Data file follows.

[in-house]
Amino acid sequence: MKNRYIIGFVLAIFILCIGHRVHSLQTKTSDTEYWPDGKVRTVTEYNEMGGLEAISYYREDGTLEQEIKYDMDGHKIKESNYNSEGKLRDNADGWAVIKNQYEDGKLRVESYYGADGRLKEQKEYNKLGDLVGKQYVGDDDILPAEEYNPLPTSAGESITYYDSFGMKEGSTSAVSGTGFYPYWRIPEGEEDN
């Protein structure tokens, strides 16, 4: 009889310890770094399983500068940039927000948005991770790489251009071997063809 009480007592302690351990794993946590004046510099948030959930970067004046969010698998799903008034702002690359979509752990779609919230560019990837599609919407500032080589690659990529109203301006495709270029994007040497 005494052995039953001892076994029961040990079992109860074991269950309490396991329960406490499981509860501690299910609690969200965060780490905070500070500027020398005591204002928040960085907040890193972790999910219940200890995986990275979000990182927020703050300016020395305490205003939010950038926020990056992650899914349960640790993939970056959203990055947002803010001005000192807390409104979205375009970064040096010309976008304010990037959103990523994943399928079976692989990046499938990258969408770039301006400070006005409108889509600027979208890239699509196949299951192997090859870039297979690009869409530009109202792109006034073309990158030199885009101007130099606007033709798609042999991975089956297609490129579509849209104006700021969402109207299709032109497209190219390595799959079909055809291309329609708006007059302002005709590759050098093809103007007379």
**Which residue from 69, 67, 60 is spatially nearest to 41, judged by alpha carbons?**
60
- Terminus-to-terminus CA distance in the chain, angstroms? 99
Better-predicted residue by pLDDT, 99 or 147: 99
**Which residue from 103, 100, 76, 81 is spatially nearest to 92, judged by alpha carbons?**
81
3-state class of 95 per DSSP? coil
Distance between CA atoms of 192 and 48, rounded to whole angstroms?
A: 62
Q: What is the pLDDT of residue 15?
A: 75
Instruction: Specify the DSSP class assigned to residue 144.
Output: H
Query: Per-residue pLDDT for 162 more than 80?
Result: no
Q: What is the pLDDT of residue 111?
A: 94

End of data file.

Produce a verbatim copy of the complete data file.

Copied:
[in-house]
Amino acid sequence: MKNRYIIGFVLAIFILCIGHRVHSLQTKTSDTEYWPDGKVRTVTEYNEMGGLEAISYYREDGTLEQEIKYDMDGHKIKESNYNSEGKLRDNADGWAVIKNQYEDGKLRVESYYGADGRLKEQKEYNKLGDLVGKQYVGDDDILPAEEYNPLPTSAGESITYYDSFGMKEGSTSAVSGTGFYPYWRIPEGEEDN
């Protein structure tokens, strides 16, 4: 009889310890770094399983500068940039927000948005991770790489251009071997063809 009480007592302690351990794993946590004046510099948030959930970067004046969010698998799903008034702002690359979509752990779609919230560019990837599609919407500032080589690659990529109203301006495709270029994007040497 005494052995039953001892076994029961040990079992109860074991269950309490396991329960406490499981509860501690299910609690969200965060780490905070500070500027020398005591204002928040960085907040890193972790999910219940200890995986990275979000990182927020703050300016020395305490205003939010950038926020990056992650899914349960640790993939970056959203990055947002803010001005000192807390409104979205375009970064040096010309976008304010990037959103990523994943399928079976692989990046499938990258969408770039301006400070006005409108889509600027979208890239699509196949299951192997090859870039297979690009869409530009109202792109006034073309990158030199885009101007130099606007033709798609042999991975089956297609490129579509849209104006700021969402109207299709032109497209190219390595799959079909055809291309329609708006007059302002005709590759050098093809103007007379």
**Which residue from 69, 67, 60 is spatially nearest to 41, judged by alpha carbons?**
60
- Terminus-to-terminus CA distance in the chain, angstroms? 99
Better-predicted residue by pLDDT, 99 or 147: 99
**Which residue from 103, 100, 76, 81 is spatially nearest to 92, judged by alpha carbons?**
81
3-state class of 95 per DSSP? coil
Distance between CA atoms of 192 and 48, rounded to whole angstroms?
A: 62
Q: What is the pLDDT of residue 15?
A: 75
Instruction: Specify the DSSP class assigned to residue 144.
Output: H
Query: Per-residue pLDDT for 162 more than 80?
Result: no
Q: What is the pLDDT of residue 111?
A: 94